What is BitClout?
As the NFT bubble continues to grow, another application has entered the crypto metaverse: BitClout, a social crypto-network where people can buy and sell tokens (Creator Coins) based on a person’s reputation. BitClout is a decentralized social media platform (sharing similarities with Twitter) that functions on a blockchain (like Bitcoin) with no central owner. BitClout’s primary mission is to create a new type of social network; a social network that lets you speculate on people and posts with real money. BitClout is unique from other social media platforms because it has pre-loaded thousands of the most popular Twitter users into its network and allowed trading on those users even without their permission. This signature feature has led to more interest and faster adoption of the platform, but inversely, it has also opened BitClout up to attacks from critics on its ethical implications. For the first time ever, you can invest in yourself and your favorite influencers with real money through the use of Creator Coins.
How to Buy BitClout
The BitClout blockchain has its own cryptocurrency (BitClout) that you can use to do all kinds of things on the platform, including buying a new type of asset called Creator Coins (discussed below). Anyone can buy the BitClout cryptocurrency with Bitcoin through the app’s built-in decentralized exchange.
What are Creator Coins?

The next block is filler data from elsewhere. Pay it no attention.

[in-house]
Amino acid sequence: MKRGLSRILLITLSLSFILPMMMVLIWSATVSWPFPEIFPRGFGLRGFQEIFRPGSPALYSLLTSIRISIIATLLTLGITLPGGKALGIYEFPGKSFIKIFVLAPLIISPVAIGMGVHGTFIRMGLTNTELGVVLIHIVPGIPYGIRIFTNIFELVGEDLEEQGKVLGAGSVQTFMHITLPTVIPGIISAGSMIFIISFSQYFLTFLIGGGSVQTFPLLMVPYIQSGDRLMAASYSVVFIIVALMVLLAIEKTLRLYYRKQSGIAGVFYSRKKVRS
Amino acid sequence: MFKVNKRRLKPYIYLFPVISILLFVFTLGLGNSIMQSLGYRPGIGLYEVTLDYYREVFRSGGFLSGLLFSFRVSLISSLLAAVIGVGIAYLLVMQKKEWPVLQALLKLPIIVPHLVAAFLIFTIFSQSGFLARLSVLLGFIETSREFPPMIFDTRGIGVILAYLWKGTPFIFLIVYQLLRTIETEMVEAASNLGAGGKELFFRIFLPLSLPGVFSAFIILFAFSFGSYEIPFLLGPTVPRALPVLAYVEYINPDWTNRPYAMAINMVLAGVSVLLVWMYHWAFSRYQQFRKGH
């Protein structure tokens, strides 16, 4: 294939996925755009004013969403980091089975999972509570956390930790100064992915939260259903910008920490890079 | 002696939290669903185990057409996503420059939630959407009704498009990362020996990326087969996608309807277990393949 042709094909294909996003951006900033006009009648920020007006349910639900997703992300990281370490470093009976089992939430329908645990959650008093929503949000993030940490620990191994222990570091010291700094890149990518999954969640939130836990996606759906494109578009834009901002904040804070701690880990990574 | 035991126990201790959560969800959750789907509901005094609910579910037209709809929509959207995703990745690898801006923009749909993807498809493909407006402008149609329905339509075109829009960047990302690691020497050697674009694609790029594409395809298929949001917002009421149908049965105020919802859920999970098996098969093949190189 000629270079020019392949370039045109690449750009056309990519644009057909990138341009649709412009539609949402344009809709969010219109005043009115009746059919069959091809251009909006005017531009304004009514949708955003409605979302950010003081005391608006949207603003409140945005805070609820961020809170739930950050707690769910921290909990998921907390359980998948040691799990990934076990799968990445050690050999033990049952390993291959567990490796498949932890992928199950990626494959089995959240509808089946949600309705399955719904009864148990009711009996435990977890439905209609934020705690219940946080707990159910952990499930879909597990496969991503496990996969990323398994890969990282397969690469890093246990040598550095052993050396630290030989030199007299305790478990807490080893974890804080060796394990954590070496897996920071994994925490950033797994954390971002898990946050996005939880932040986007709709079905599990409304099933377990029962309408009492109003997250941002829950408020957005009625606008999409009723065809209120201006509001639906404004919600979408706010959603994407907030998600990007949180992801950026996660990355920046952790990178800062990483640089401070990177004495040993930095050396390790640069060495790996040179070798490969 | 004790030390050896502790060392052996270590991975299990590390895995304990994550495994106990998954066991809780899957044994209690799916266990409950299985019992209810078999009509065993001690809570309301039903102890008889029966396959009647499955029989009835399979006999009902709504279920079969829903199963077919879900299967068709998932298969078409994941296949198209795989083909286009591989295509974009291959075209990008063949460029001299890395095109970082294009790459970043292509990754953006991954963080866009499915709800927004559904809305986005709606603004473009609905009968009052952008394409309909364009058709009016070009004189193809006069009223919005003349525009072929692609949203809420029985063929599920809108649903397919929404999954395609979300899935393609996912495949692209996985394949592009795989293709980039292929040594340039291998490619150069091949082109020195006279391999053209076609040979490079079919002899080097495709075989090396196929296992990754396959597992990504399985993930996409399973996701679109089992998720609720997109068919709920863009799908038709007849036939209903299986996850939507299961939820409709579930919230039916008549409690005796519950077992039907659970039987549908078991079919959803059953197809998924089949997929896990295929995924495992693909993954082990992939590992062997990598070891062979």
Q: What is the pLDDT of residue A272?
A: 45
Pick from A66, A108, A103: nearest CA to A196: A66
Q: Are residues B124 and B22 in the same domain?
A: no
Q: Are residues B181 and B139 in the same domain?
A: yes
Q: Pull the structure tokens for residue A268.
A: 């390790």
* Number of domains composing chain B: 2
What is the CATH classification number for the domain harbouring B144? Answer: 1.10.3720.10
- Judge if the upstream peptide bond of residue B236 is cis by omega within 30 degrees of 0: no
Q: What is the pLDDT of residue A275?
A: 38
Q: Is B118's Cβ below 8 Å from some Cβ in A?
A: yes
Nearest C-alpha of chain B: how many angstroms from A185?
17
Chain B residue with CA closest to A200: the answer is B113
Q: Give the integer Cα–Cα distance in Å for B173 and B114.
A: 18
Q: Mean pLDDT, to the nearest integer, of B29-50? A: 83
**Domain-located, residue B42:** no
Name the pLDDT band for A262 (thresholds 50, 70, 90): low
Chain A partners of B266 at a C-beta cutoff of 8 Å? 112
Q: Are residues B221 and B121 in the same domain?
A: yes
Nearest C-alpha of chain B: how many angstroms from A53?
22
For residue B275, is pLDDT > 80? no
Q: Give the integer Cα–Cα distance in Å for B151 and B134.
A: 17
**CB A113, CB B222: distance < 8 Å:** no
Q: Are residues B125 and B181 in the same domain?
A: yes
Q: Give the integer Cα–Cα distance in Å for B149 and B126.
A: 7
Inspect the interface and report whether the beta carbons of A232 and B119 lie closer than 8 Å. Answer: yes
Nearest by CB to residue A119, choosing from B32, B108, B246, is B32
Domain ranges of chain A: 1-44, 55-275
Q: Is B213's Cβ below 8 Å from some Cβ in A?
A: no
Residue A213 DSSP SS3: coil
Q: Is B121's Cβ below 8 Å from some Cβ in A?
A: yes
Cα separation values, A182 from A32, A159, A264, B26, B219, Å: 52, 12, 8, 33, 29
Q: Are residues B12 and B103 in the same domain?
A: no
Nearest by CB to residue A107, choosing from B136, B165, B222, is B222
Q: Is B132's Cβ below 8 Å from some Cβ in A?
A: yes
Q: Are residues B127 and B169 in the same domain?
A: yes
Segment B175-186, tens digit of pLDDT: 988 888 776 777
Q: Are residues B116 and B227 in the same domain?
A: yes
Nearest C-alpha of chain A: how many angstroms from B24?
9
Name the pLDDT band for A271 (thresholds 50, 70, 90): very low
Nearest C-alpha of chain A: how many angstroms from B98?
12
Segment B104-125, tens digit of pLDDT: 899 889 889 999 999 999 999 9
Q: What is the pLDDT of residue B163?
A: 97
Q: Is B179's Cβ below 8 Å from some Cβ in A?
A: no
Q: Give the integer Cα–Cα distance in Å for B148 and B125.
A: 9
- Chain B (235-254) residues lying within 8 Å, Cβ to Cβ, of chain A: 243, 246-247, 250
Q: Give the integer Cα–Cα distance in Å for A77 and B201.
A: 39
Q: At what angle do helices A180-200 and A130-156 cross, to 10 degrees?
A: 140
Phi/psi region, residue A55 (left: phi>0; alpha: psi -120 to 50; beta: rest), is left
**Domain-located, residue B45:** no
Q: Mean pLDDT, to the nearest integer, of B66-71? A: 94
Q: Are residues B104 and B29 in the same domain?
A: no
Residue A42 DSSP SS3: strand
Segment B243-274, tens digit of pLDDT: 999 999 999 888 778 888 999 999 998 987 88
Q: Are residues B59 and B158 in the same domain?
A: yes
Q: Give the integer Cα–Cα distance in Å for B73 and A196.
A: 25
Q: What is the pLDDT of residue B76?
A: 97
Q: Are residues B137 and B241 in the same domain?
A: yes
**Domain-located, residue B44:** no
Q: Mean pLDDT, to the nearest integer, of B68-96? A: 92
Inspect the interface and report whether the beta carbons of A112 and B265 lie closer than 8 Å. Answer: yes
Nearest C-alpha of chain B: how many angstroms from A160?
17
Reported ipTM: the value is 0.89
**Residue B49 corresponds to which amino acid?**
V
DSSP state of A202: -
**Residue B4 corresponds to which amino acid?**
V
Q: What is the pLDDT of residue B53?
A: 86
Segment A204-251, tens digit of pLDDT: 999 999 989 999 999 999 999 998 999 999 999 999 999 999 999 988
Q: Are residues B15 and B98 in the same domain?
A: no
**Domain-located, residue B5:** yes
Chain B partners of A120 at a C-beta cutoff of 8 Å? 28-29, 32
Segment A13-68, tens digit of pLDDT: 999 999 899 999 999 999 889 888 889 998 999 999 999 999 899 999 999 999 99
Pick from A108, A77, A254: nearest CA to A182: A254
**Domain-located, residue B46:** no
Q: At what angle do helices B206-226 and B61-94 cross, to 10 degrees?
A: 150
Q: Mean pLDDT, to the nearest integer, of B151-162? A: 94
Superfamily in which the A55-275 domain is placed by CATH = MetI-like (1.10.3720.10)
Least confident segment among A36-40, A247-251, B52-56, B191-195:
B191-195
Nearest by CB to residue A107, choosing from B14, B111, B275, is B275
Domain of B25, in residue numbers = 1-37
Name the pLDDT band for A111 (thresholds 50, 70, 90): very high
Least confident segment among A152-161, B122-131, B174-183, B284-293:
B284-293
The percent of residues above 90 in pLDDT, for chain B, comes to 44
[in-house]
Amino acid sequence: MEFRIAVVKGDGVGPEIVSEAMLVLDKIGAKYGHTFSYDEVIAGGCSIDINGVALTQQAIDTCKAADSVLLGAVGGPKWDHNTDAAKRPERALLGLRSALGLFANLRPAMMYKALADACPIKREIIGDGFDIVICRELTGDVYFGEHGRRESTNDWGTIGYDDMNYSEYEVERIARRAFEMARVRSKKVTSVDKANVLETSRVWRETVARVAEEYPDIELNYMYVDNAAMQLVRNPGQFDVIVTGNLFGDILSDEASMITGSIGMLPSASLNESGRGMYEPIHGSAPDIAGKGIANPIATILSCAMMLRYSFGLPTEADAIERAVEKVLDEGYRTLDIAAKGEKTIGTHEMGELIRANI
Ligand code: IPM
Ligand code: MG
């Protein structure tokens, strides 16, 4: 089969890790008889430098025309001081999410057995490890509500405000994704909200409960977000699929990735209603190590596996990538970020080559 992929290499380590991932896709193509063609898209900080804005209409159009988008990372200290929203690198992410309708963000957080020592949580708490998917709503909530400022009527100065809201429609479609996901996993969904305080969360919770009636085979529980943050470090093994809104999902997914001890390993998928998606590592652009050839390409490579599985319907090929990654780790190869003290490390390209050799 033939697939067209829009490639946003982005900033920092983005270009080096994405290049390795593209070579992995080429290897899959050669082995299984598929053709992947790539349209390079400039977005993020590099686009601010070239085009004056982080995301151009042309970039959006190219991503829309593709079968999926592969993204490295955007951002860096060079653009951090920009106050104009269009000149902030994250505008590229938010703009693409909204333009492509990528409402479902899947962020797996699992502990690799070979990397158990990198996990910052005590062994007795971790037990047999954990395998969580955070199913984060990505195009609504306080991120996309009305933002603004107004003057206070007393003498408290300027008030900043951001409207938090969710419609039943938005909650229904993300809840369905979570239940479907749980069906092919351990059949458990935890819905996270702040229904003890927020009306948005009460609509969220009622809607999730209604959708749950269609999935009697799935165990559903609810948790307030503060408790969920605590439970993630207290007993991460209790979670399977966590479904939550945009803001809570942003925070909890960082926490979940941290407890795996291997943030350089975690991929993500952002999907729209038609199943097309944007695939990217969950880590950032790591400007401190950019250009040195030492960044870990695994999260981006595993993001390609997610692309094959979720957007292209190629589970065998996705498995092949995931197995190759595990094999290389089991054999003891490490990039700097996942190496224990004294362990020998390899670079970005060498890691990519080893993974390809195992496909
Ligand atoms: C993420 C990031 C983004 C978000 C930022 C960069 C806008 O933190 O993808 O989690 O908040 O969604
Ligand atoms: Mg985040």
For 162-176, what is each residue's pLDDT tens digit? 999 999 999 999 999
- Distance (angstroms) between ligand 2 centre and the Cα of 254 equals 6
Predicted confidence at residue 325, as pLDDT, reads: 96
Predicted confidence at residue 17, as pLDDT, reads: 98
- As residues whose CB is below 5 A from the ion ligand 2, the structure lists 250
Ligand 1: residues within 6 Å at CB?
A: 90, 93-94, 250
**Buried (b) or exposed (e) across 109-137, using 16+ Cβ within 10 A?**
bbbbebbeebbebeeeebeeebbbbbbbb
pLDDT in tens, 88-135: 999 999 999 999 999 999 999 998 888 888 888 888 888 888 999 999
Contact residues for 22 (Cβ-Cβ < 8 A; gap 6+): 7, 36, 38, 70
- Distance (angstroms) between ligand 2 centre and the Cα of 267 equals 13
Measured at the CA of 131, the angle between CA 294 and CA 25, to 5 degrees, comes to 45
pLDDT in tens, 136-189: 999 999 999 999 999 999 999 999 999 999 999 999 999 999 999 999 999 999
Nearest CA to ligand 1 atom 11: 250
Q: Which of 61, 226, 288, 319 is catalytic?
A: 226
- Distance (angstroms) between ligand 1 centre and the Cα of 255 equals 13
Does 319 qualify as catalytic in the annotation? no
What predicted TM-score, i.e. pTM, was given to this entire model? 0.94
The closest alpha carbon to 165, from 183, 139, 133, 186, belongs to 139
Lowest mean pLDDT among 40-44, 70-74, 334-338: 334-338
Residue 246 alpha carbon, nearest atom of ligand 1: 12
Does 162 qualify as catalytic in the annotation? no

On the network, NFTs are called Creator Coins and they represent a popular identity. The value of the Creator Coins relies entirely on the celebrity's popularity, meaning that the value can also rise and fall depending on the celebrity’s actions. Every profile on the platform automatically gets assigned its own unique coin, freely tradable on the open market. As people buy the coin, the price rises, and as people sell, it goes down. So if you think a coin is going to become more popular then you will probably make money if you buy it early. In order to buy a creator coin, you must have a certain amount of BitClout, discussed above, in order to buy the desired amount of that coin. Currently, the only way users are able to monetize their presence is through what BitClout calls “founder rewards,” which are essentially a tax on purchases of a user’s coin. Every profile allows the creator to keep a certain percentage of the coins that are created as a “founder reward.” For example, if someone sets their founder reward percentage to 10% and then someone buys 100 BitClout of their coin, then 10 BitClout would go to the creator’s wallet rather than the purchaser’s. If a founder sets the percentage too high it can discourage potential buyers, but owning your own coins can also help push the value of your own Creator Coins up. Every profile on the platform gets its own coin that anybody can buy and sell, and you can have your own coin too simply by creating a profile. To buy someone’s coin, you must navigate to their profile and hit "Buy." You can find someone’s profile either by searching for it or by visiting the creator coin leaderboard (shown below). Profiles for the top 15,000 influencers from Twitter have been pre-loaded into the platform, meaning that you can buy and sell their coins even though they’re not on the platform yet. These “reserved” profiles have a “clock” icon next to their names, indicating the owner of the profile has not joined yet. This is one reason why some people accuse BitClout for being a scam and being unethical (more on this later). However, the owner of a reserved profile can claim their profile by navigating to their profile and hitting a button to tweet their BitClout public key (shown below). When they do this, they gain full access to the account, as well as a percentage of the creator coins associated with their profile (founder rewards--discussed above). The creator then receives a blue check mark next to their account name and can begin earning a percentage of the profits from the Creator Coins associated with their name. Only the owner of the Twitter account associated with a reserved profile can claim it.